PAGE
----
It wasn’t all bad against South Carolina. He had a fantastic 60-yard touchdown pass to Mookie Cooper. He was able to throw a strike deep over the middle while under pressure, which allowed Cooper to run under the ball and take it in for a score.

Unfortunately, there weren’t enough of those kinds of plays to outweigh the bad side of the ledger.

Missouri was up 31-21 with less than six minutes to play when Bazelak threw one of his worst interceptions of the season. I’m still not sure what he saw. It was third and six from the Missouri 17-yard line. South Carolina scored a touchdown three plays later. A game that should’ve been over was closer than it needed to be. It wasn’t his first questionable decision of the game.

He was replaced on Missouri’s next drive of the game presumably because Drinkwitz didn’t trust him to make the right play down the stretch. Drinkwitz instead trusted redshirt freshman Brady Cook to finish out the game. And, in my opinion, he should trust Cook to start the game next week.

Bazelak finished 15-for-23 for 180 yards, two touchdowns and two interceptions. I wish him nothing but the best in whatever is next for him. But you can no longer convince me he’s Missouri’s best chance to win. He does nothing in the run game and he’s far too much of a liability in the passing game.

At least Cook and Macon add something in the running game. At least they give the Tigers the possibility of upside in the passing game. Maybe they’ll be worse. I’m ready to find out.

3) Tyler Badie: What a stud

The list of SEC running backs with at least four games of 200+ rushing yards in the last 20 years:

  • Leonard Fournette & Trayveon Williams (5)
  • Derrick Henry & Tyler Badie (4)

That’s the end of the list. Badie joins Fournette and Henry as the only players to do so in the SEC in a single season in the last two decades. At the end of this season we’re going to have some really interesting conversations about where Badie ranks among the best players we’ve watched in a Missouri uniform. If you’re looking for most important players to a singular offense, he’s right up there with Brad Smith. If you’re looking for most productive running backs, you’ll be hard-pressed to find a comparison.

Right now, I still think I would take Henry Josey over Badie. But that’s becoming a more and more difficult conversation to have by the week. If you put this version of Badie on the 2013 Tigers’ offense, man, I don’t know what that would look like. It would be a heck of a lot of fun to watch.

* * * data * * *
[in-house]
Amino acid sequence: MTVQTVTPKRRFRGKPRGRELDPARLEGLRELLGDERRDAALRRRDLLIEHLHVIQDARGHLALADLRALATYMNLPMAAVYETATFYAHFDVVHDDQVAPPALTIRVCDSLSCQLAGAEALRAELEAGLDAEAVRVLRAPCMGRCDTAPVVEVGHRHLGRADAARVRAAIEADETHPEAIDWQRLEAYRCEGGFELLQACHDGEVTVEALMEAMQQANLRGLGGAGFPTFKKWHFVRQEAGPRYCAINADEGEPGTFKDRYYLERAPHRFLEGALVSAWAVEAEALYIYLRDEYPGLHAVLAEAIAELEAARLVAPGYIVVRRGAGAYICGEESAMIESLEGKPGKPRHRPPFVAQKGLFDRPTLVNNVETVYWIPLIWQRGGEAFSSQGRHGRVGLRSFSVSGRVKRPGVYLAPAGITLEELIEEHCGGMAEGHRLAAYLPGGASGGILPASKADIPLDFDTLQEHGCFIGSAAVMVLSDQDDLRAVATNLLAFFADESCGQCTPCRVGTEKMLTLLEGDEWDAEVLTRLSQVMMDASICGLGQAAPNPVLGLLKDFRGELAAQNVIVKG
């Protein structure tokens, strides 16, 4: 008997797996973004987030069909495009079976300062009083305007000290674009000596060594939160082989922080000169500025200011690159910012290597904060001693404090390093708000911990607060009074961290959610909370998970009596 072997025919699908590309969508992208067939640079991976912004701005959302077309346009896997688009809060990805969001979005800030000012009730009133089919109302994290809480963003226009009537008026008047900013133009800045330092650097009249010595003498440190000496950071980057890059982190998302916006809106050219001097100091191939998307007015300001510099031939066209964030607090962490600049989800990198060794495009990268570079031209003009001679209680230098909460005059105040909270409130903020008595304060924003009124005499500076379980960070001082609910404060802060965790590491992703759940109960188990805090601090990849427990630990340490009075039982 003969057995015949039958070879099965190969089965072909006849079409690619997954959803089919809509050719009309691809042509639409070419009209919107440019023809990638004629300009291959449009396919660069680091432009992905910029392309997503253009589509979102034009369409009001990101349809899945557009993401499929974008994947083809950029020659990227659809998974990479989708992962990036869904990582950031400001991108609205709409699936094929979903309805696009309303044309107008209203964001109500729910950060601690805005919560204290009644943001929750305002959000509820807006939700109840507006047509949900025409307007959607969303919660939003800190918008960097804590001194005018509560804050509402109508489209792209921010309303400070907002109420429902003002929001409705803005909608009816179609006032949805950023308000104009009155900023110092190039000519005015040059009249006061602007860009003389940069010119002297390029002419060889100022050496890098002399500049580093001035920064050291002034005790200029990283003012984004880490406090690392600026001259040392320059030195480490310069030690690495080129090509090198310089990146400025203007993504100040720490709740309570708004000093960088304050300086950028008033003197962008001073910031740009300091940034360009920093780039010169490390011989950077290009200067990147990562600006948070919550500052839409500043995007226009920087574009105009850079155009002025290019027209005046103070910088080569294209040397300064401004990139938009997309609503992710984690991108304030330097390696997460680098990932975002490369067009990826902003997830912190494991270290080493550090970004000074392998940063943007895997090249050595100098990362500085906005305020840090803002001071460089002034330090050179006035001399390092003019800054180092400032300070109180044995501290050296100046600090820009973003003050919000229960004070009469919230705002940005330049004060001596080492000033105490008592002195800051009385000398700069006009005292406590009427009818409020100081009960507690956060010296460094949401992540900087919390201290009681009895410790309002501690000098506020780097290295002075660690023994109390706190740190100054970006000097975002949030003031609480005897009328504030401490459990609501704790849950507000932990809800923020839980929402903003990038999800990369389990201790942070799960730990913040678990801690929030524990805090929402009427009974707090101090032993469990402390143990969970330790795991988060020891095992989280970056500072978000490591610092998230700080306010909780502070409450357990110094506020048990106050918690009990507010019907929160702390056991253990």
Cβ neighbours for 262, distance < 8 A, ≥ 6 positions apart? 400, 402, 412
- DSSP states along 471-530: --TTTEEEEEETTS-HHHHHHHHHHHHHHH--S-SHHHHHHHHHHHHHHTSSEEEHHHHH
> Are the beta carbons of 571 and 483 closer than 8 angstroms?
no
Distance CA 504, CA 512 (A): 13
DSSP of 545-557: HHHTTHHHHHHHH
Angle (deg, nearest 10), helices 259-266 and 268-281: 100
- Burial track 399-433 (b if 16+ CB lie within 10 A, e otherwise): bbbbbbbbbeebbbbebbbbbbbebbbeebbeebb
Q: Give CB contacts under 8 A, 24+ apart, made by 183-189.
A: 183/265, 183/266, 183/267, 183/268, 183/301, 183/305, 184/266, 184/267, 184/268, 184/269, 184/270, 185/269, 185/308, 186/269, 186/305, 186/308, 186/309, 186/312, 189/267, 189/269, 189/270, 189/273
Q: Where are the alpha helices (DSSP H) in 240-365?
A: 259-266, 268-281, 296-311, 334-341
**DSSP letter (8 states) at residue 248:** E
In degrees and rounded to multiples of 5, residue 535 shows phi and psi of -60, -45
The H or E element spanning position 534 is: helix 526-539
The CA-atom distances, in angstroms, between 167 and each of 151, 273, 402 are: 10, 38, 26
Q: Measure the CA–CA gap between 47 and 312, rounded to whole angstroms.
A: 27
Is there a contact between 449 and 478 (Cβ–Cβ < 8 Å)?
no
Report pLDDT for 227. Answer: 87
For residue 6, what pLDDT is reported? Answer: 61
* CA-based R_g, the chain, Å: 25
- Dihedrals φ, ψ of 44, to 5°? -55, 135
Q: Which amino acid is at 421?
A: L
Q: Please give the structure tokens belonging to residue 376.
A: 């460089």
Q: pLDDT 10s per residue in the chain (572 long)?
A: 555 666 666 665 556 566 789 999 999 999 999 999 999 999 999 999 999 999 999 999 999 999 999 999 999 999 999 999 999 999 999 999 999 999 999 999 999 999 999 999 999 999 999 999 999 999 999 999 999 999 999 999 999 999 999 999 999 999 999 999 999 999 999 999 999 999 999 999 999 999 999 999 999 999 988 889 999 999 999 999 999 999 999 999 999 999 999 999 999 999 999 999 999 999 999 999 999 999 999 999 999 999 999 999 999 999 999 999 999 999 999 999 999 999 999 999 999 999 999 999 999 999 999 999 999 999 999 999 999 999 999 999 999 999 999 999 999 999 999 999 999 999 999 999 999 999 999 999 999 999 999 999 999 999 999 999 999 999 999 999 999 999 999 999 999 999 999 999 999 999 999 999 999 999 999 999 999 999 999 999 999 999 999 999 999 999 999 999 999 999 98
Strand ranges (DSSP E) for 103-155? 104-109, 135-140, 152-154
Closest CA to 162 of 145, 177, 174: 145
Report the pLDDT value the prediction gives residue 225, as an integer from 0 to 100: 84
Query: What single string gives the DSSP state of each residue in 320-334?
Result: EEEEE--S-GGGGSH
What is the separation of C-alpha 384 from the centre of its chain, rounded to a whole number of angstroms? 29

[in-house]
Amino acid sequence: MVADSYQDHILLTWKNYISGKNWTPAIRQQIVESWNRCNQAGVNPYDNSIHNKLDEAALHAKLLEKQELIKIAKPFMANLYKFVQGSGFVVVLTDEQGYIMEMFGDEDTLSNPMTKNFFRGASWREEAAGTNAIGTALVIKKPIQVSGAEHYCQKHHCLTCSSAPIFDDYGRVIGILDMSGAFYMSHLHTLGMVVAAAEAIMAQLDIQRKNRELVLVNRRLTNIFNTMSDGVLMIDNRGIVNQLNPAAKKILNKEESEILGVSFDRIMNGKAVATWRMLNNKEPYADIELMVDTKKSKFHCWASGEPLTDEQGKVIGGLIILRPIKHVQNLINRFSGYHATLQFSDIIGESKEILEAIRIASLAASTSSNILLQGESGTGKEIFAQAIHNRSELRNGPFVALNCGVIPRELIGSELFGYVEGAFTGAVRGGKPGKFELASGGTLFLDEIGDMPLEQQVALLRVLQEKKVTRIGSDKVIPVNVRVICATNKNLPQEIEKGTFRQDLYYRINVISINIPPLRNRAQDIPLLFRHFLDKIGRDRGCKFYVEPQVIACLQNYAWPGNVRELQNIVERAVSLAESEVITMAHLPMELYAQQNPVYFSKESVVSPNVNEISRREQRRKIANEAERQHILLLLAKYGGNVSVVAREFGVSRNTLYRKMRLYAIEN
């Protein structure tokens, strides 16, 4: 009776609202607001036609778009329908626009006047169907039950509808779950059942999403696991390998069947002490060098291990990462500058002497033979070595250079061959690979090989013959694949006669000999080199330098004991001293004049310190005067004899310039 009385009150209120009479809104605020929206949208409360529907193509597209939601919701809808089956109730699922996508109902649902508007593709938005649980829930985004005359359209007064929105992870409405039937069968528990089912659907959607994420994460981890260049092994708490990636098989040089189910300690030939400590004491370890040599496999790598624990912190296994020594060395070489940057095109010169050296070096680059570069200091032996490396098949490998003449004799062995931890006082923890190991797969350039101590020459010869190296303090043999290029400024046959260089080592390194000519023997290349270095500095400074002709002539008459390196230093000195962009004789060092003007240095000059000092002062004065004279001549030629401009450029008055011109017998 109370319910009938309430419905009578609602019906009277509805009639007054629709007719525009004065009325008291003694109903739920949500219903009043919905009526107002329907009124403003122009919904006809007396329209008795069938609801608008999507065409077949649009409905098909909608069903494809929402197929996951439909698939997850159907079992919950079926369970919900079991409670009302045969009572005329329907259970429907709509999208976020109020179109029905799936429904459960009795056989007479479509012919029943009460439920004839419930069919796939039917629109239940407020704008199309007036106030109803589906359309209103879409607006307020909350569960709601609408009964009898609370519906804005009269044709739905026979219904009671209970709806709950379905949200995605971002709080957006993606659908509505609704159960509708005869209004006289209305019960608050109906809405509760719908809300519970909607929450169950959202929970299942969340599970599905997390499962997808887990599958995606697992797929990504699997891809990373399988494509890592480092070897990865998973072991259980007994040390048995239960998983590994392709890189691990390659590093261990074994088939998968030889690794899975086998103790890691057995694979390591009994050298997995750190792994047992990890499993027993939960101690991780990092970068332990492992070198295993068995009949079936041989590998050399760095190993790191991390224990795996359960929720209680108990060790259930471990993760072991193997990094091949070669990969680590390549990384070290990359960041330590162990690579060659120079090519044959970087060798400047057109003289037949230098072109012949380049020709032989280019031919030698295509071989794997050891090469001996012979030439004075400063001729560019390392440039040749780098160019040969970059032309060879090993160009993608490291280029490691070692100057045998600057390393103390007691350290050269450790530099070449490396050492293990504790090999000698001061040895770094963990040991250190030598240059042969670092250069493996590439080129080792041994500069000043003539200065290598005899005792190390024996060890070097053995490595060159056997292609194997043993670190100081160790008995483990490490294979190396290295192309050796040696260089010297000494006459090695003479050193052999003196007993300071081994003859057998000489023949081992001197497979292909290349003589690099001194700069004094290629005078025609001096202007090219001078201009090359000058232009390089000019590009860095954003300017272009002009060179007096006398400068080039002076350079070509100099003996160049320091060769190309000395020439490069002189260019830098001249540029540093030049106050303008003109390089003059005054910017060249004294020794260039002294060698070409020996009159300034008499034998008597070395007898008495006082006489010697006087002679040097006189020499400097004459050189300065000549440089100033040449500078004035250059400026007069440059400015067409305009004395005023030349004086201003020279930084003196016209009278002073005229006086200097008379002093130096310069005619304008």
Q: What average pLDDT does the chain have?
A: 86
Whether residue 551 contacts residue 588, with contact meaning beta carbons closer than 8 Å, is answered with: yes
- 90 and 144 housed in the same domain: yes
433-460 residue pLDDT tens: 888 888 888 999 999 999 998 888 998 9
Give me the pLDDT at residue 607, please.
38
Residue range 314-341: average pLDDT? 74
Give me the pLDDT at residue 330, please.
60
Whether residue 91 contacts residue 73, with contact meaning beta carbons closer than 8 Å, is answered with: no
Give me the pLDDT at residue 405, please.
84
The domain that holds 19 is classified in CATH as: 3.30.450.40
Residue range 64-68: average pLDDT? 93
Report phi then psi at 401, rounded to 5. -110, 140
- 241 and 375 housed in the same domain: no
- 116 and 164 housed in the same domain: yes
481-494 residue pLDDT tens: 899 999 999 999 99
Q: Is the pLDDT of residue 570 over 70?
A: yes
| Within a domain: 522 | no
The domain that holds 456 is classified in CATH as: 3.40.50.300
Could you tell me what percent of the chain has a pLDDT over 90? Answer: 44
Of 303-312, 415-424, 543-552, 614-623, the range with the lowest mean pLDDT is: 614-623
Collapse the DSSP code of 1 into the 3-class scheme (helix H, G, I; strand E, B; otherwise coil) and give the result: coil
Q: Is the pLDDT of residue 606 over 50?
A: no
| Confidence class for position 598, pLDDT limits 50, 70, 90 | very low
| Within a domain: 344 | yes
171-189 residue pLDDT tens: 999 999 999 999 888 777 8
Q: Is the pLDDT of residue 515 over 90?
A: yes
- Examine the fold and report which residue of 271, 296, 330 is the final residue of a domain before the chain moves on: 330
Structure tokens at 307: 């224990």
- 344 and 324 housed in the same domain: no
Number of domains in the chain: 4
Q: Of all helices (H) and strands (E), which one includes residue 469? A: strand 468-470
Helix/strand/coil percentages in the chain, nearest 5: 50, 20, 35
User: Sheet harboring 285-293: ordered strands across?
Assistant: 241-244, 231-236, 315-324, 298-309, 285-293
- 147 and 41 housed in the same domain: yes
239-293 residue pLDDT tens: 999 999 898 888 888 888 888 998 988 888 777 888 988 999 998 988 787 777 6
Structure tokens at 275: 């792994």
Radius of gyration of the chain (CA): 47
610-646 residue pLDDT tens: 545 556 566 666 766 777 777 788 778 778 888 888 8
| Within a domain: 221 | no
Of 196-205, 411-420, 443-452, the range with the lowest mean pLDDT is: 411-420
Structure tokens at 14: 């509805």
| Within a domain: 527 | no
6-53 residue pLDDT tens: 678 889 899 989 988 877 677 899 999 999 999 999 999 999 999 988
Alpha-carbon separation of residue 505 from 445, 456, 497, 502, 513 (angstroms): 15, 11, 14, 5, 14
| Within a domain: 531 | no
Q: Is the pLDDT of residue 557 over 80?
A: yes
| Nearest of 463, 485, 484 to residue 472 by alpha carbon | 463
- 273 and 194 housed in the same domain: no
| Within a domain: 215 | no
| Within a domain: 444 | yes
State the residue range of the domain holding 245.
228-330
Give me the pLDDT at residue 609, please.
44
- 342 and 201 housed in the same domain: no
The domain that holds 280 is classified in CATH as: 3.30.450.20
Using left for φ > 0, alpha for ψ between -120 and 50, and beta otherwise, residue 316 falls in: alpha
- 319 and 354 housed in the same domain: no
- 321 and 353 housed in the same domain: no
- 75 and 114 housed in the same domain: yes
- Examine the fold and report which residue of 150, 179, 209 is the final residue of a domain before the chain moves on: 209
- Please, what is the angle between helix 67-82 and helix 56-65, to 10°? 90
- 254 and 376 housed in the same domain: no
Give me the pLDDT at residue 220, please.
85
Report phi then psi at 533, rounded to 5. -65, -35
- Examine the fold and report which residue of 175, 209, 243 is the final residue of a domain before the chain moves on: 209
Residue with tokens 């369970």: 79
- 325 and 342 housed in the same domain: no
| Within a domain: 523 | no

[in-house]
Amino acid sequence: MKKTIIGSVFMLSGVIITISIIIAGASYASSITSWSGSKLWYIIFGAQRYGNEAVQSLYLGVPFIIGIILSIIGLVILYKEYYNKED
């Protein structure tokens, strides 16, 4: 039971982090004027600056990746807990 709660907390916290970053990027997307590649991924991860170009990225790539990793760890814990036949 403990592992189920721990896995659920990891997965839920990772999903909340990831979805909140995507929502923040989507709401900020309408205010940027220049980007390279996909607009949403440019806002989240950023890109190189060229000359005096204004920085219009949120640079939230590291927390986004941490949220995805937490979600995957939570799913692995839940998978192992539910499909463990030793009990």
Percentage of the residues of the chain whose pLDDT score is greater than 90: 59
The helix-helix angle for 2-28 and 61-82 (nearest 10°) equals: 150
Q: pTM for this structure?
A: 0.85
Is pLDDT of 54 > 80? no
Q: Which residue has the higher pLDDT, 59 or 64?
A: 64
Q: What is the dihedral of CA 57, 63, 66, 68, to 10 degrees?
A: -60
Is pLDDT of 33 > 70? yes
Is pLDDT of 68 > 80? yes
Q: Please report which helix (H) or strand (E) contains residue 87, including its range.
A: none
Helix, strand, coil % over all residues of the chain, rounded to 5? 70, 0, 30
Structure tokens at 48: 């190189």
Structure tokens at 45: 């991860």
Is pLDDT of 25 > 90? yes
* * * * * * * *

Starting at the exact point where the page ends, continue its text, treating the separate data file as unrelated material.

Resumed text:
Badie finished Saturday’s game with 34 carries for 209 yards and a touchdown. He added another five receptions for 22 yards through the air. Saturday was Badie’s second game this season with at least 30 carries and five receptions in a single game. He’s the first SEC running back to do so in multiple games in the last 20 years.

So much for Badie not being able to carry the load.

5) A bowl game is very much in play

College football is a fickle beast. This Missouri football season felt like it was dead after that Tennessee loss. But here we are, with two games to play, feeling like Missouri has a legitimate shot to finish with at least six wins.

As of the time I’m writing, Dan Mullen is still the head coach at the University of Florida. I don’t know if that will be the case when you read this. The Gators just allowed 52 points and more than 500 yards of total offense to SAMFORD. Samford lost two weeks prior, 46-45 on the road against Virginia Military Institute. The Bulldogs are 4-6, and find themselves in fifth place in the Southern Conference.

In other words, Florida quit. Missouri should probably be favored against the Gators. They will have a legitimate shot against Arkansas, even if they’ll be a touchdown (or so) underdog. The season that once felt over could now result in six wins. Seven doesn’t feel impossible anymore.

In some ways, this is exciting. This was always going to be a rebuilding year and the “low” point should still result in a bowl game. It also begs the questions - where would this team be right now if it simply performed to an average level against the run early in the season? Eight or nine wins doesn’t feel like it should have been out of the question.

College football is a fickle beast.